Locusts, Blackbirds and Dragons

(a)Surviving on what's abundant, (b)the sci-fi lens, and (c)just because you can, doesn't mean you should

I missed you all last week - sometimes things just get super busy. I’m excited to have three fresh bananas for you today.

Locusts as staple crop. This is a really well told story about a pretty grave fact of life right now. Insect-based protein is all the rage as a curiosity and even a luxury wellness item here, but in war-ravaged Yemen, a plague-level infestation of locusts that feasted on anything left have quickly become the most viable staple food source. This short doc shows you what that really means for individuals, families, and merchants. Who catches locusts? How are they shared and sold? At what scale is this happening? How perishable are they - can they be converted into other forms of currency? And do they qualify as Halal (bonus reading)? If they don’t, what if you have no other choices for sustenance?

Watch the short Al Jazeera segment.


The Dragon-Blackbird and the sci-fi lens. I was captivated by these hybrid military-tech-and-myth creations (found via Dan Hon), done by artist Alex Jay Brady.

This stuff sparked my imagination in an extremely unexpected way. I have been a poor reader of Sci-fi, but it has recently struck me that the longer you live, the more reality warps and morphs before your eyes. And as that happens the more useful Sci-Fi is as a lens through which to think about the elasticity of it all.

Here’s another bit along those lines, about how the notion of zombies and vampires might inform military weaponry, from John Robb, also from Dan Hon’s feed:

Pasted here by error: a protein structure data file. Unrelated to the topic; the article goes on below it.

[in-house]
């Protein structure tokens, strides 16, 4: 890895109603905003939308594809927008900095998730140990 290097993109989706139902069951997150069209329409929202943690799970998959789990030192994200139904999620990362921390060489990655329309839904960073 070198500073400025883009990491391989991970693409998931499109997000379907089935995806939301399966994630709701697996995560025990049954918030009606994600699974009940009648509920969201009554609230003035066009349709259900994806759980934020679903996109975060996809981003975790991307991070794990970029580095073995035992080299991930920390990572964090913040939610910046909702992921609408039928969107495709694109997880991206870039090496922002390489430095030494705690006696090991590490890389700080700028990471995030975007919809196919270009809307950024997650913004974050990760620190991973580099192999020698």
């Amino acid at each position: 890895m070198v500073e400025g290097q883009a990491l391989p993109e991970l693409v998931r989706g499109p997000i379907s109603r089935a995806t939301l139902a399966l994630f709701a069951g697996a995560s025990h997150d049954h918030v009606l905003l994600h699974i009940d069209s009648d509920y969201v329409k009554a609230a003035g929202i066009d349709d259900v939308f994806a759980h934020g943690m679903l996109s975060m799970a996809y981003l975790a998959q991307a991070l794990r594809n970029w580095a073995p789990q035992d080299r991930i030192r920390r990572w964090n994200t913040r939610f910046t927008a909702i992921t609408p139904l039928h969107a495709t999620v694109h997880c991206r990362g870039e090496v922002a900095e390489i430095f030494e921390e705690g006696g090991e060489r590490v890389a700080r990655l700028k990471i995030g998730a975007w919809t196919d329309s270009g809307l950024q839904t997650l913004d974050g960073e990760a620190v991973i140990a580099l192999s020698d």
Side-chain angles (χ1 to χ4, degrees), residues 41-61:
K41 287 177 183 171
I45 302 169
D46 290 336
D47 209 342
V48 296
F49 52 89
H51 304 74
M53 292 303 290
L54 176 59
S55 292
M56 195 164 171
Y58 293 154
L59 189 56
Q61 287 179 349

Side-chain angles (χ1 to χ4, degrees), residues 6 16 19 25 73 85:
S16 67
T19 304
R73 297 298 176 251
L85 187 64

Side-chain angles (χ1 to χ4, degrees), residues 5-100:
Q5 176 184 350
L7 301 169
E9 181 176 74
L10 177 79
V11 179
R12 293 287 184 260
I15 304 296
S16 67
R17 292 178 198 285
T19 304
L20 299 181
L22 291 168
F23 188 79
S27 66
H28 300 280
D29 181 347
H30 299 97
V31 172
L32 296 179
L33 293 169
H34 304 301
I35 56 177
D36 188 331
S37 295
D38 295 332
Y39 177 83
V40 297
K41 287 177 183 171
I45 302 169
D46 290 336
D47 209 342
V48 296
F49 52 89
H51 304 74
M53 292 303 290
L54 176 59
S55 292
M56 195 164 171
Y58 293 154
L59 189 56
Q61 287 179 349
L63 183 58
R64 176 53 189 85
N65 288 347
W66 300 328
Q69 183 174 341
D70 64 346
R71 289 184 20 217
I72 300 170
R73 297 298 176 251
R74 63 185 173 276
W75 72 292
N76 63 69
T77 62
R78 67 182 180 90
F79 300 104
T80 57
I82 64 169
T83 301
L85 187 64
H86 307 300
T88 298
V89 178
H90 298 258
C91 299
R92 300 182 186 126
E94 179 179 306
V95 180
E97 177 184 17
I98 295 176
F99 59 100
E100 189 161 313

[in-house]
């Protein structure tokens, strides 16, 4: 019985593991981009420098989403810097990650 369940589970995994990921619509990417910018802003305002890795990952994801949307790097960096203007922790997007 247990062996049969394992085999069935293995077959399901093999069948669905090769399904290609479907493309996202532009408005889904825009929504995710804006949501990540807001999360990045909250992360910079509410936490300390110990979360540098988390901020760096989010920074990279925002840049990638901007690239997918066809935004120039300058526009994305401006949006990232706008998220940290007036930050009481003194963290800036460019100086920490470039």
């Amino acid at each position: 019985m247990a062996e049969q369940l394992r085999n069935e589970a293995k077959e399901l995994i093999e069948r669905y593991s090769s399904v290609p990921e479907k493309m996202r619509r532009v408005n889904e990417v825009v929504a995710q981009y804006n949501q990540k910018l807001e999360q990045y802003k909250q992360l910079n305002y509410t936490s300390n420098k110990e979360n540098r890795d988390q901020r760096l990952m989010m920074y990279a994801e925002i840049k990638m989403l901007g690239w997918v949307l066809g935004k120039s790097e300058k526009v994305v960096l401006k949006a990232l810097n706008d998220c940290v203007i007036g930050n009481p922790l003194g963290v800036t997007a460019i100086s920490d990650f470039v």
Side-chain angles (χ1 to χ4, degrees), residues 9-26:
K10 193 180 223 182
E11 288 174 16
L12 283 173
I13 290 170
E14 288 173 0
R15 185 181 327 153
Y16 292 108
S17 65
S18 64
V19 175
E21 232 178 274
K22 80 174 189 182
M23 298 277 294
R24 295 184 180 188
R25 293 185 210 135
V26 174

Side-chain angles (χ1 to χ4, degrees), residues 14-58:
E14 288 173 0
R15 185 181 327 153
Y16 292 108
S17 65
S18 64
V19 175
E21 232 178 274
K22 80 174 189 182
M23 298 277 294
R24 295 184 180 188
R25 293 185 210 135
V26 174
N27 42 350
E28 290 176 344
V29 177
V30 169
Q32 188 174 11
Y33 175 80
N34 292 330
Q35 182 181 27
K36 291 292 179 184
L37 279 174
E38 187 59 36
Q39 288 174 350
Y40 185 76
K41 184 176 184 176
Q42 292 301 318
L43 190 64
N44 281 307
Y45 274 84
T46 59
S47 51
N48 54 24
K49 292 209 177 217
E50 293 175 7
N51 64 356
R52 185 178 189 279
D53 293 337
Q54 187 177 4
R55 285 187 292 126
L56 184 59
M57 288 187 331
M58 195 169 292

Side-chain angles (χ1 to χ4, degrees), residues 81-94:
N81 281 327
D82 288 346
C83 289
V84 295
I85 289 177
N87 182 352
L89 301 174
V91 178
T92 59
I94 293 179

Fiction and non-fiction aren’t shelved separately in life as they are in a bookstore. Ideas come from and go to everywhere.


Just give us the throttles that we can use. Latest isn’t necessarily greatest, although that pair seem to be inseparable in corporate environments. Sometimes a switch or a knob is worlds better than a digital interface. I know with making music, there’s still something about manipulating knobs, levers, wheels, and dials that engages a different part of your brain. I love digital interfaces sometimes too, but there seems to be a time for each, and one in no way reigns supreme or universal.

The story I’m sharing here demonstrates that notion that much simpler tools and technologies are sometimes far preferable to newer, cooler, more advanced gear. It just depends what the need is and how it’s best met. The Navy recently decided to go back to physical throttles and helm systems on destroyers as part of the follow-up to recent high profile collisions. It’s fascinating to hear their leadership explain what’s up. These are excerpts from Program Executive Officer for Ships Rear Adm. Bill Galinis, at a keynote speech:

“As a result of innovation and a desire to incorporate new technology, ‘we got away from the physical throttles, and that was probably the number-one feedback from the fleet – they said, just give us the throttles that we can use.’”

“When we started getting the feedback from the fleet from the Comprehensive Review effort – it was SEA 21 (NAVSEA’s surface ship lifecycle management organization) that kind of took the lead on doing some fleet surveys and whatnot – it was really eye-opening. And it goes into the, in my mind, ‘just because you can doesn’t mean you should’ category. We really made the helm control system, specifically on the [DDG] 51 class, just overly complex, with the touch screens under glass and all this kind of stuff.”

Photo of physical, manual controls instead of fully tech-ed out touchscreens

It’s a remarkably clear-eyed and astute observation, and one that merits consideration far more often than is fashionable out in the world.

Those are the bananas I found for you this week. You can hit “reply” and the email will go only to me. Help me spread the word if you like getting these. And thank you.